D1: Oral Presentation C Thursday, 10:30 � 11:00 am C Lake Superior Ballroom MN

Predicting Tree Species Range Limits

Karen V. Walker
University of Minnesota
Department of Forest Resources
Remote Sensing and Geospatial Analysis Laboratory
115 Green Hall
1530 Cleveland Avenue North
St. Paul, MN  55108
kwalker@gis.umn.edu

Margaret B. Davis, Shinya Sugita
University of Minnesota
Department of Ecology, Evolution and Behavior
100 Ecology Building
1987 Upper Buford Circle
St. Paul, MN  55108
 

Range limits of ten important timber trees in the Great Lakes Region were predicted using an equilibrium model (STASH). STASH uses bioclimatic variables to predict a spatial �envelope� of suitable climate for each species. A ten-minute grid of bioclimatic variables derived from weather records was obtained, and contour lines were created using ArcView. The contours were overlaid on digitized maps of current species range limits. Contour lines coincided well with species range limits; values along these lines were chosen as minimums or maximums tolerated by the species to establish the climate-space envelope for that species. 

Potential future shifts in species ranges under climate change scenarios were predicted using climate data from two general circulation models (CGCM1 and HadCM2). Monthly predictions for the years 1994-2099 were obtained on a 0.5-degree grid. Bioclimatic variables were derived from the raw data, and interpolated onto the same ten-minute grid used for current climate using a distance-weighted average. Additional adjustments were made to account for differences between modeled �current� climate and observed current climate.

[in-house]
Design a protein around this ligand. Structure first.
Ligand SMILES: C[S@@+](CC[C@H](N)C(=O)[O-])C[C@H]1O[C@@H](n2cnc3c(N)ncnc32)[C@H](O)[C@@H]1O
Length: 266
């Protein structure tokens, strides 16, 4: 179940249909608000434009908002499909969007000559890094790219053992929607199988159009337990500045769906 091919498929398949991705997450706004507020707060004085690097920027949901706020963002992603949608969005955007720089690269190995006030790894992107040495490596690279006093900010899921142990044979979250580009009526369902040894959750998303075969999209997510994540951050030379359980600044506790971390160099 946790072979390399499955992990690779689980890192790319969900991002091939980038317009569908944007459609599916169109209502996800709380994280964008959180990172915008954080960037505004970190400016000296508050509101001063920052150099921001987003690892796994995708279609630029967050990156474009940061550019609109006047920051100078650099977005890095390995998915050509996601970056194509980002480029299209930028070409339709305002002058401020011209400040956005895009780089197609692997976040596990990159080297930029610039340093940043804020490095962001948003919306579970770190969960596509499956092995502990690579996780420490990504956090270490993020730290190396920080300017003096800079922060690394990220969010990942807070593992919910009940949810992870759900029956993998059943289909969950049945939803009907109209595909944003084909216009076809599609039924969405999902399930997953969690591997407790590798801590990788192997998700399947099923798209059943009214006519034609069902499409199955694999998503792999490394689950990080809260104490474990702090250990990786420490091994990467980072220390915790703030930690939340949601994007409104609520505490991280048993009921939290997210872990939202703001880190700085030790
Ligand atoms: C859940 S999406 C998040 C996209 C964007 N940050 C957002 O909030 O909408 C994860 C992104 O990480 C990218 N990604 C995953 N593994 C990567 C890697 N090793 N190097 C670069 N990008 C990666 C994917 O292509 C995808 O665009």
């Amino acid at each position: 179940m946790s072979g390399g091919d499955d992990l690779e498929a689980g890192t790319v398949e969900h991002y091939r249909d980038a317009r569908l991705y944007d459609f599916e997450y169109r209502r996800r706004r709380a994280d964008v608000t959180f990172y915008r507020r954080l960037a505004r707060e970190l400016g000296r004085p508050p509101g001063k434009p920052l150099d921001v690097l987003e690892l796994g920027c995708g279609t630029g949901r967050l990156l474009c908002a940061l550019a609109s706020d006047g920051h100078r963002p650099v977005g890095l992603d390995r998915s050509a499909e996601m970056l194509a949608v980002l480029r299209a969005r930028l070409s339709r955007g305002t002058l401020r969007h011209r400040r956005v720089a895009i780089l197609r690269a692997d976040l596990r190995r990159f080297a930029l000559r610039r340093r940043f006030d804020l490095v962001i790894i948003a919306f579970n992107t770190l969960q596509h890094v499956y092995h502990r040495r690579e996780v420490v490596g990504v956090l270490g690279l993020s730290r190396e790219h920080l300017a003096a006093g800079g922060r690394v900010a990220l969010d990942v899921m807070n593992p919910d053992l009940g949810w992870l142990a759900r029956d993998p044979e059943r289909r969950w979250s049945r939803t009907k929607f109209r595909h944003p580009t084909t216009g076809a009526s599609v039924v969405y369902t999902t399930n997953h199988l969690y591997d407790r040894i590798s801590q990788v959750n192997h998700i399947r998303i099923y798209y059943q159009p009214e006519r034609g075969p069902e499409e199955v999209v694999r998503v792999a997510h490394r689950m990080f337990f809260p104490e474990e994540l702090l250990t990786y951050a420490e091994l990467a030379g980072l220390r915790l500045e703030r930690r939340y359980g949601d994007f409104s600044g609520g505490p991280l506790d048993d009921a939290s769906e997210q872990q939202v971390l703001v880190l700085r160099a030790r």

A comparison of contour lines of observed and predicted bioclimatic variables illustrates the mechanisms behind the predicted changes in species range limits. Trees with southern range limits within the Great Lakes region, including white, jack, and red pine, aspen and yellow birch are predicted to retreat northward due to increasing summer temperatures. Trees that currently occur in both the northern and southern portions of the region (red oak, sugar maple, and beech) are expected to remain in the region. Trees with northern range limits within the Great Lakes region are predicted to gain potential habitat to the north due to increases in growing degree-days, and coldest month temperatures. However, retreating species will likely die off sooner than expanding species will be able to migrate into newly suitable area, potentially leaving less diverse forests.